Each list has an even balance of schools that vary by location, size, religious affiliation, public or private status, and prestige. Different students thrive in different environments, so the diversity of cultures, available resources, and teaching styles give everyone something to choose from. Schools are not ranked from top to bottom, but are rather presented as a whole to celebrate the merit of their unique set of programs, class format options, and resources.

Our data comes from the National Center for Education Statistics and the US Department of Education’s College Scorecard. Our team collected membership rosters of the aforementioned industry groups from their public-facing websites.

Best Online Colleges

For our Best Online Colleges cohort, we weighed more heavily the factors specific to online degrees, including the number and diversity of online program offerings, the length of time in which online programs have been offered, and size of the online student population. Our Best Online Colleges awards have two cohorts: The Best 100 Online Colleges and regional Best Online Colleges (North, South, Midwest, West).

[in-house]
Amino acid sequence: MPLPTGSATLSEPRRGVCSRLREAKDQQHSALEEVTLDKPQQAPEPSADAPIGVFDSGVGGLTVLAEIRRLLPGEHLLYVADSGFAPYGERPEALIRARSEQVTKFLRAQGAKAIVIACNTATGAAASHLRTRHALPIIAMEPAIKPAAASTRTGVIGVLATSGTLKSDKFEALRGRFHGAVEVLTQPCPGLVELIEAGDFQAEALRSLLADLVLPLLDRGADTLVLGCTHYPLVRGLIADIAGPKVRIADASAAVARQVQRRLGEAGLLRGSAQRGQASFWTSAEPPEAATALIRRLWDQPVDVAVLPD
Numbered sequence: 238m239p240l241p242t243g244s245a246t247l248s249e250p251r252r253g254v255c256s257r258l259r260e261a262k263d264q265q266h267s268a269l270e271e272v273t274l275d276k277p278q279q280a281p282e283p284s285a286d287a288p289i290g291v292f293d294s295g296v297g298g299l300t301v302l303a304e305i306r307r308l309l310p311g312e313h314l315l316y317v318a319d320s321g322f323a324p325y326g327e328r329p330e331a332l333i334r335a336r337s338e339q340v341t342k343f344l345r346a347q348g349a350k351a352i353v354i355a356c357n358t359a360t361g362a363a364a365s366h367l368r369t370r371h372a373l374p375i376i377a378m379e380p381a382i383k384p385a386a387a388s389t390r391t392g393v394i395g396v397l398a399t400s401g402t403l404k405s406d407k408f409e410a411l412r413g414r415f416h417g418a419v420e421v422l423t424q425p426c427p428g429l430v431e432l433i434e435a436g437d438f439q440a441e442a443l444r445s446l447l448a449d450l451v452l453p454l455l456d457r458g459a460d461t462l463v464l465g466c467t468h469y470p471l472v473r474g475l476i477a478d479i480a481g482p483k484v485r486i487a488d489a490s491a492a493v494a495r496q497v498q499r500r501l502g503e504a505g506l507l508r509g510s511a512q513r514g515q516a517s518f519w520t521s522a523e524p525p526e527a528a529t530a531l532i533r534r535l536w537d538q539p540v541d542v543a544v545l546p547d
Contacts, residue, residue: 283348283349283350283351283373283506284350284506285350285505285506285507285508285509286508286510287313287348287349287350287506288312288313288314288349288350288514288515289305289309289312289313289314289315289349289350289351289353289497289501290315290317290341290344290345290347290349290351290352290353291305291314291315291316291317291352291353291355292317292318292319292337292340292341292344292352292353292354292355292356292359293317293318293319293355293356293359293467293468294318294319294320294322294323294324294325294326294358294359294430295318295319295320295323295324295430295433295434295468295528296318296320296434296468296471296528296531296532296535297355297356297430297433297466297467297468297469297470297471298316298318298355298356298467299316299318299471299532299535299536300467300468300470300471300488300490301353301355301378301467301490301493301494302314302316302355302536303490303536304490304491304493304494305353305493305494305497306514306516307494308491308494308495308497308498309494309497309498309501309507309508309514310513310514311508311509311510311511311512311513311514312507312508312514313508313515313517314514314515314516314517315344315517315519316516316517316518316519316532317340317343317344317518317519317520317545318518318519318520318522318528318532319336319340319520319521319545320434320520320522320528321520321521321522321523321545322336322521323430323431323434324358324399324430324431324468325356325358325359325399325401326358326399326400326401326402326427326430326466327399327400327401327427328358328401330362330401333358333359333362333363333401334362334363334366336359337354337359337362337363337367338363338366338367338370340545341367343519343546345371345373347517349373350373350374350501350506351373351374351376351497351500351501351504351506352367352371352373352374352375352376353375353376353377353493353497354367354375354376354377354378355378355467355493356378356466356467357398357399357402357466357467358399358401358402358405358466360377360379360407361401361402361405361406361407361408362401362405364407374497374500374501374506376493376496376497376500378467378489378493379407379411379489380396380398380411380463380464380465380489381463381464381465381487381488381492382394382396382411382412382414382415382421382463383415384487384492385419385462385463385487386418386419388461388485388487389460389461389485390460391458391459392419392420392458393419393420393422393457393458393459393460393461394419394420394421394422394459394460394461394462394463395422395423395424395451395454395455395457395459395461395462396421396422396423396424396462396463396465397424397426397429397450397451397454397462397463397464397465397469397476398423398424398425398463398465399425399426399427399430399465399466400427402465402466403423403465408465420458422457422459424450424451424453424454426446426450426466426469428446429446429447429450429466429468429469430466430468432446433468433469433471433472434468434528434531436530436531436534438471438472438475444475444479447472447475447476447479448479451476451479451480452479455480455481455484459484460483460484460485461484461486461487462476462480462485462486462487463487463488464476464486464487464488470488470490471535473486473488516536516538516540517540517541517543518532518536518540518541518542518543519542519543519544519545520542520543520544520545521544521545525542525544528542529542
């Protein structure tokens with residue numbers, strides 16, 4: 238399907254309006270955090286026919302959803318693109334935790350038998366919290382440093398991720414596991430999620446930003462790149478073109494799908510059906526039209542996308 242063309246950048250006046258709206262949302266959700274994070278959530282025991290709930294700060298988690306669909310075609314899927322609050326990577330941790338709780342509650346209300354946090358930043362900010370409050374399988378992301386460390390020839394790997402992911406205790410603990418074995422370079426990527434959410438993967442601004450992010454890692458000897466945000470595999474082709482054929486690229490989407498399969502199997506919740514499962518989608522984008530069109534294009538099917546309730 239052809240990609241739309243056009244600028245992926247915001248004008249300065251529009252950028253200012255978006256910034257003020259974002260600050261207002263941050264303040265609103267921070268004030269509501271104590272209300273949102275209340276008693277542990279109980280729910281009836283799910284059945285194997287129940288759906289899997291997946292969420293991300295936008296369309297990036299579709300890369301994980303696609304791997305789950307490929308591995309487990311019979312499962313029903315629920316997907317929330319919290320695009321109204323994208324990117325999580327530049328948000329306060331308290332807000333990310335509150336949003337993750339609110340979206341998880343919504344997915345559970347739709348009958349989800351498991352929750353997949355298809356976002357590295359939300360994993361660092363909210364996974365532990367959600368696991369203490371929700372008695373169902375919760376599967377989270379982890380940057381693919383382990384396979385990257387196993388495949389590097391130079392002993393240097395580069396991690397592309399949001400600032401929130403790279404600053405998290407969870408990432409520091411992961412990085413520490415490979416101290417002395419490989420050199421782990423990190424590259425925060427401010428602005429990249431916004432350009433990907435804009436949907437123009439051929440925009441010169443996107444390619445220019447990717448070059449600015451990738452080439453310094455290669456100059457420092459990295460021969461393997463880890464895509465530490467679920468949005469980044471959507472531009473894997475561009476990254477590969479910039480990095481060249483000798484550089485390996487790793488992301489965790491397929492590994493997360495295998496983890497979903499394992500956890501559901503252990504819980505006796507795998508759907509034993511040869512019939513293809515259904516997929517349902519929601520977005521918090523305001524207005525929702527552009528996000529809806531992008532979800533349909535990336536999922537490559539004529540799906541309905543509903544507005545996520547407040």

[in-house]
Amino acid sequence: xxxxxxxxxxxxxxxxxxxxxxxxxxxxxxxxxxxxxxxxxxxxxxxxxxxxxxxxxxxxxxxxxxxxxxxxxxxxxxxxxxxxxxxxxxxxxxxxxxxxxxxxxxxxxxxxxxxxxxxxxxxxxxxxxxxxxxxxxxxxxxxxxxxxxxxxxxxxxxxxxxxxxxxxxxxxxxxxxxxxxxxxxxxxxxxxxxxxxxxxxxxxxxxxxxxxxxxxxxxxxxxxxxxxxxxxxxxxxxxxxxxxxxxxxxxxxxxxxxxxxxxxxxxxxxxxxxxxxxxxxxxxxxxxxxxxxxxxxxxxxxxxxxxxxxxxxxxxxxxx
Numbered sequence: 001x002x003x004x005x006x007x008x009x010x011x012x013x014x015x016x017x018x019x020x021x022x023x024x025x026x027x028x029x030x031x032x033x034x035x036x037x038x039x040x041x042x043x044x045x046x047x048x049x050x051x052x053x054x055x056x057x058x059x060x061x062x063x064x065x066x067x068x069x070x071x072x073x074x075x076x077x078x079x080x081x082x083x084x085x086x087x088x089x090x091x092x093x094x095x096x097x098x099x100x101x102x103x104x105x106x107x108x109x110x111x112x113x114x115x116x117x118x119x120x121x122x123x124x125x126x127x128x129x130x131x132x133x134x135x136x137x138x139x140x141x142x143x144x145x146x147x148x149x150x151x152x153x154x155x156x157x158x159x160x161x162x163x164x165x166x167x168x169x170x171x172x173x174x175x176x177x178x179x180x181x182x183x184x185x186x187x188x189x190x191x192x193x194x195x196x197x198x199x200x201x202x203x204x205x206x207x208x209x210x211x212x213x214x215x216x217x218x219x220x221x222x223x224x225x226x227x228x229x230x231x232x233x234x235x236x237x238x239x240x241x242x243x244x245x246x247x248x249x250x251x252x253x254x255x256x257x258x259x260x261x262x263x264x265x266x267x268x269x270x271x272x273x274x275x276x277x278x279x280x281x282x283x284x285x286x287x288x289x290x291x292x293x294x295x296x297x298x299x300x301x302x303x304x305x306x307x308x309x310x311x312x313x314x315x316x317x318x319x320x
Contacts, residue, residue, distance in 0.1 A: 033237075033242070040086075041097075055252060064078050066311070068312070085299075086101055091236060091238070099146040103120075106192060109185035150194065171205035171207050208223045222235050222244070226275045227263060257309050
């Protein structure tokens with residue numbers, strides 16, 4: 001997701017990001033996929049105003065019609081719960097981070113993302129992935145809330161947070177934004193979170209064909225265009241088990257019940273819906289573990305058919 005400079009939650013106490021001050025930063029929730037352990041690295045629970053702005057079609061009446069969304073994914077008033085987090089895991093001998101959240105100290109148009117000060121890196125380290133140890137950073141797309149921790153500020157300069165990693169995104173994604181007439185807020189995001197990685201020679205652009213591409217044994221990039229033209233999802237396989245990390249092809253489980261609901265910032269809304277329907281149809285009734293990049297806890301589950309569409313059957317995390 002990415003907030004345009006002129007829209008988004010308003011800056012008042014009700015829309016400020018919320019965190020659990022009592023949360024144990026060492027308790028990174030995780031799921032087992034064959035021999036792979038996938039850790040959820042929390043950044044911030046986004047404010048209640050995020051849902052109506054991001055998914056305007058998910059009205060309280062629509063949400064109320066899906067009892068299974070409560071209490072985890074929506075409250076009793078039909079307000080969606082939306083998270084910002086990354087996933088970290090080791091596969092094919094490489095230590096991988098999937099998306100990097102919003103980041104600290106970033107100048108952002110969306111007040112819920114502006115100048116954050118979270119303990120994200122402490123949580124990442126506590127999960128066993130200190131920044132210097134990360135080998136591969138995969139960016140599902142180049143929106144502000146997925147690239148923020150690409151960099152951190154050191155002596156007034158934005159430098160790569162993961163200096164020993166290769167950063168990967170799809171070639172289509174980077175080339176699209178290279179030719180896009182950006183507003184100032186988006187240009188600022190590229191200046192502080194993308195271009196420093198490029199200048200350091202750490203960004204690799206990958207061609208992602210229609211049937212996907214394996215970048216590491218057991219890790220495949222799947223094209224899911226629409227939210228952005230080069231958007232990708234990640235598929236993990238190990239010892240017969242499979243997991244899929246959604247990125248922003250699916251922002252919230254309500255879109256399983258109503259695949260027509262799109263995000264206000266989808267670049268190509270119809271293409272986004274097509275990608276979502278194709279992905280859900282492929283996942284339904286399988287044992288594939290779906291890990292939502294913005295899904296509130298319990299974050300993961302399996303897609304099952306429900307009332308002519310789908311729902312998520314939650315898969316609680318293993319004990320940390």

We used the following data points and relative weights for the Best Online Colleges system. Many of the categories also account for the length of time a school has offered a given feature (such as the number of years for career services, online degrees, employment services, counseling, and credit for life experiences/military):

  • Accessibility: 30% of total score
    • Number and diversity of online degree options: 36%
    • Size of online/adult student body: 24%
    • Record of providing online/flexible learning options: 40%